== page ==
Facial Toner Balancing Rose + Red Tea
Facial Toner Balancing Rose + Red Tea is a lightweight, spray-on toner that could've been a decent option for combination to oily skin, but even though some notable antioxidants are present, on closer inspection, the ingredient list appears to be incomplete. This is problematic as there's no way to know what this toner really contains; thus, we can't be confident about recommending it.
Acure states that this product doesn't contain water or anything else to hold its formula together. We thought this had to have been a mistake on their packaging, especially as you dispense it via a sprayer—this is clearly a water-based formula. But after reaching out to Acure via Twitter about their lack of noting water on their ingredient list, they confirmed it was not a printing error.
Dried tea leaves, herbs, and flowers cannot be the main constituents of this toner as Acure would like you to believe. Unfortunately, not only are ingredients missing from the list, but also what is present on the label provides only partial information. For example, "Organic Calendula" isn't a recognized ingredient name—do they mean the flower, essential oil, the extract, flower extract, …? You can't know for sure from the ingredient information Acure provides.
Every ingredient, water included, is required to be listed in full on the label and in descending order of concentration, which is not the case here, an oversight that violates International Nomenclature of Cosmetic Ingredients (INCI) and FDA labeling regulatory requirements.
There's also the problematic nature of the preservative—rather, Acure doesn't appear to be using one, or at least they don't indicate it on the ingredient list. Preservatives are incredibly important for keeping your product free of (and your skin safe from) mold, fungi, and bacteria, especially in the case of products with naturally derived plant or fruit extracts.
Facial Toner Balancing Rose + Red Tea is also fragranced, which isn't ideal for any skin type due to the potential for irritation from such ingredients. Ultimately, this toner leaves us with too many concerns to recommend—hence, the rating—especially when there are plenty of options from other brands that don't share this product's potential risks. For better options, check out our recommendations on our list of Best Toners.
This product is listed as Certified Organic Facial Toner on the Acure website. The naming convention used in this review reflects what is shown on the product's packaging.
- Contains antioxidant and anti-irritant ingredients.
- Preservative system appears to be inadequate.
- Ingredient list appears to be inaccurate; thus, you can't know what it is you're putting on your face.
Restore balance and tone. Kiss surface shine and excess oil goodbyeall without drying your skin out. This alcohol-free certified organic toner utilizes Organic Witch Hazel to purify, Organic Vegetable Glycerin to moisturize and Organic Rose and Chamomile to soothe, calm and restore the skins natural acid mantlethe skins own protective layer. Get toned!
Acure operates with the mission statement of using only the purest, most effective fair trade, natural and organic ingredients available. At first glance, there are a lot of interesting products in the line, as Acure includes a great deal of antioxidants and other beneficial ingredients in their formulas. Unfortunately, on closer inspection of the brand, we found quite a few inconsistencies.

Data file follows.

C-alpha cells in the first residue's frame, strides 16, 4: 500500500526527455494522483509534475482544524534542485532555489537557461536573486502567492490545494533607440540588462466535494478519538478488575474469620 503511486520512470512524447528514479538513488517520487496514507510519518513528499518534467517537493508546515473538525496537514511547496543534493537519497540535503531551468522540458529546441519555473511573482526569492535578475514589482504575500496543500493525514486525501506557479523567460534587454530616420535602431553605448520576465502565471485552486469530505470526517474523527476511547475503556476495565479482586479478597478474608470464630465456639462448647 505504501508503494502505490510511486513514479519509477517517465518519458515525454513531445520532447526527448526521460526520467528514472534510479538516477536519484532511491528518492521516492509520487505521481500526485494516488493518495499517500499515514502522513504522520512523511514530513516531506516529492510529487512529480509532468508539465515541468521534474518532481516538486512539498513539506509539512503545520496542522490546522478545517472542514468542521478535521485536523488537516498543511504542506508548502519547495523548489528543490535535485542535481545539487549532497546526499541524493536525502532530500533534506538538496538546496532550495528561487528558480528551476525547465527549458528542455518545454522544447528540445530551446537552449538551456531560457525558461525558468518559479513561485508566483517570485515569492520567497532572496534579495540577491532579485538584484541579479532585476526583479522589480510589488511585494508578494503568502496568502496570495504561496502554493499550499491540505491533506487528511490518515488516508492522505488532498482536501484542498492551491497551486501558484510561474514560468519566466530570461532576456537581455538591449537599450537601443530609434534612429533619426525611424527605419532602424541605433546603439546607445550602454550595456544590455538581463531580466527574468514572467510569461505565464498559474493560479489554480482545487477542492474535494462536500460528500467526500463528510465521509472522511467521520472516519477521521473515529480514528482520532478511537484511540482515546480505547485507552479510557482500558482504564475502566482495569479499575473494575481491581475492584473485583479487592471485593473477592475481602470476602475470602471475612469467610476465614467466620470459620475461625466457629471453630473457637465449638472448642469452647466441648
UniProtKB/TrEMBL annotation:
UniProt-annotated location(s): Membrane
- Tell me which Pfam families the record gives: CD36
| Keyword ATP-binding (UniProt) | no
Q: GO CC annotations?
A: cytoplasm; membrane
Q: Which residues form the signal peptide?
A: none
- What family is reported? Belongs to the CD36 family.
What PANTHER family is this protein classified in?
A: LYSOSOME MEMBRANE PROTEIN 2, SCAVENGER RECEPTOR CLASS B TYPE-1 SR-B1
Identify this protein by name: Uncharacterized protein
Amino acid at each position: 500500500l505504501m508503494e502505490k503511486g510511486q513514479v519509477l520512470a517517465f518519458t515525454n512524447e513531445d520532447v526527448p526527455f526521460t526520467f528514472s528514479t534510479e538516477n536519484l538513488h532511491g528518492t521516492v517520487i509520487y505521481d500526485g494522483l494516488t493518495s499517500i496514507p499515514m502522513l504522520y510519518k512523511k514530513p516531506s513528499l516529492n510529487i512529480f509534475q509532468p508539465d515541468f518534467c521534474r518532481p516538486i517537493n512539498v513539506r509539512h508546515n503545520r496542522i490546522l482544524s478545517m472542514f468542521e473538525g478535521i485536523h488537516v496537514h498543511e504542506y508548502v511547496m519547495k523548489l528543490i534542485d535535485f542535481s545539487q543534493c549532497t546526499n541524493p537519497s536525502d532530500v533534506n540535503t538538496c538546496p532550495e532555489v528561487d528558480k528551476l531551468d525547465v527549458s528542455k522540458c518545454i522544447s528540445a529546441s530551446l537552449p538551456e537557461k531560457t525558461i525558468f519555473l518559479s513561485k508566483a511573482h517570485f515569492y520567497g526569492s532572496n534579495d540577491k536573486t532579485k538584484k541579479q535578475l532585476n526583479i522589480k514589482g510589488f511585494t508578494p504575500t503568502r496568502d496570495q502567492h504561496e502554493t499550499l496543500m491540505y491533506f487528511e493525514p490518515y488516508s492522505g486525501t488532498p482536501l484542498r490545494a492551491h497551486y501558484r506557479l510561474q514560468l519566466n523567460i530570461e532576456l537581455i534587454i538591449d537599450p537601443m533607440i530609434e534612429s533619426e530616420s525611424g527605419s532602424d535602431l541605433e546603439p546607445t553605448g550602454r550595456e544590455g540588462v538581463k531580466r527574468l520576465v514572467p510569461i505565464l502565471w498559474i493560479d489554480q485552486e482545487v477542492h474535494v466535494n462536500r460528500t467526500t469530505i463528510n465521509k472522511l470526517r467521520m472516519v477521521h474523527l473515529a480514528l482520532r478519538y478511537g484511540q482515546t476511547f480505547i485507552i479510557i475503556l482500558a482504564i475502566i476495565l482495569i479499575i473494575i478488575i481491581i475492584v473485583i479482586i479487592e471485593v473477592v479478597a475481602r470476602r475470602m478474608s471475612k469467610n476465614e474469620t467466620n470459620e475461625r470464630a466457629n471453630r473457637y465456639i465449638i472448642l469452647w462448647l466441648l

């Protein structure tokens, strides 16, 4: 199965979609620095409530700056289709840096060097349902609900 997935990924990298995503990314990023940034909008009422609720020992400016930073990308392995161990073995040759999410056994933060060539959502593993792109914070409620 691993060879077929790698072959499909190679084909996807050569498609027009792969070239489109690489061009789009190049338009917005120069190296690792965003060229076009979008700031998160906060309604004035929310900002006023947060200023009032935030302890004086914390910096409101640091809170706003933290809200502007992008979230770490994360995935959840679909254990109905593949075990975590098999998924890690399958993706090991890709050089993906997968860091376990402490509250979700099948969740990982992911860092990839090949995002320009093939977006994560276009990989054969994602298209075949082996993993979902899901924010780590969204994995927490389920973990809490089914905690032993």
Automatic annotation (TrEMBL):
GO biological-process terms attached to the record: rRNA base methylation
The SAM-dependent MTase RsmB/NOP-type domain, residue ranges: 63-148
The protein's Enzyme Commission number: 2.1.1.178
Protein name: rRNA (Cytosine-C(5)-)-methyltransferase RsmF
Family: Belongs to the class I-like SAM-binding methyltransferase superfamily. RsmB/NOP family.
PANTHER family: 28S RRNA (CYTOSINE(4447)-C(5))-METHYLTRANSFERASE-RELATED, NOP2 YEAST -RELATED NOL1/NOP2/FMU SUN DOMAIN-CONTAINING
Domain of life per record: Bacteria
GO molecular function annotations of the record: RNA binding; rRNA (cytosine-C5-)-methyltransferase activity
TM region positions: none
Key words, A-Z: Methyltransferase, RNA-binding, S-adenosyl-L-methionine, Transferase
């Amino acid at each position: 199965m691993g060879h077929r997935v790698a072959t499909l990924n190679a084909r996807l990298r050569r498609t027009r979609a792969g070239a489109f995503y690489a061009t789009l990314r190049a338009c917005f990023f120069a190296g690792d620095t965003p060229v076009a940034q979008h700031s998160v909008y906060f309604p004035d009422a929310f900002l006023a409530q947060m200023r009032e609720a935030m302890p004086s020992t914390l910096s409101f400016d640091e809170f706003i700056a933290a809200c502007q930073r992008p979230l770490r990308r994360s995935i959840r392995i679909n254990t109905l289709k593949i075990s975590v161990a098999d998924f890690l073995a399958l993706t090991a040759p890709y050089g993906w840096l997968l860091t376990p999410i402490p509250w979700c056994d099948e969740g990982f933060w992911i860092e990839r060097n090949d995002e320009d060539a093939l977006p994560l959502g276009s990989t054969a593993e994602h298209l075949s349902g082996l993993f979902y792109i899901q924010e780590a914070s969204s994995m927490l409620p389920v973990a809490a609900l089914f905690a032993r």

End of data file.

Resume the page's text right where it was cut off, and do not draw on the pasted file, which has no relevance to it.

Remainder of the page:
First the good news: Along with the inclusion of antioxidants at nearly every turn, Acure made the effort to avoid jar packaging, which is beneficial in terms of protecting the abundance of anti-aging ingredients their products contain. They are also exceptionally affordable products, an increasing rarity in the cosmetics industry.
On the other hand, Acure stretches the boundaries of belief when it comes to what some ingredients are capable of, such as plant stem cells. While fruit and plant stem cells can function as antioxidants, they cannot lift skin, repair wrinkles, or affect the skins own growth factors when added to a skincare product. Not only are plant stem cells unable to substitute for the body's own stem cells, but also they (like all stem cells) must be alive to function. Once these delicate cells are added to skin care products, they are long dead and, therefore, useless. Plant stem cells make for a good story, but the research simply isn't there to support their use in skin care or the claims attributed to them.
One point worth noting: when we originally reviewed Acure in 2015, much of the brand's focus was on so-called toxic or harmful ingredients found in other brands' skin care products that were not present in its own. This has since shifted to a much more positive approach targeted on the quality of ingredients Acure uses as opposed to any unnecessary fearmongering.
For more information on Acure, visit www.acure.com or call 1-877-902-2873.
About the Experts
The Beautypedia team consists of skin care and makeup experts personally trained by the original Cosmetics Cop and best-selling beauty author, Paula Begoun. We’re fascinated by skin care and makeup products and thrilled when they meet or exceed our expectations, but we’re also disappointed when they fail to perform as claimed, are wildly overpriced, or contain ingredients scientific research has proven can hurt skin.
Our mission has always been to help you find the best products for your skin, no matter your budget or preferences. Beautypedia’s thorough and insightful reviews cut through the hype and provide reliable recommendations for all ages, skin types, and skin tones.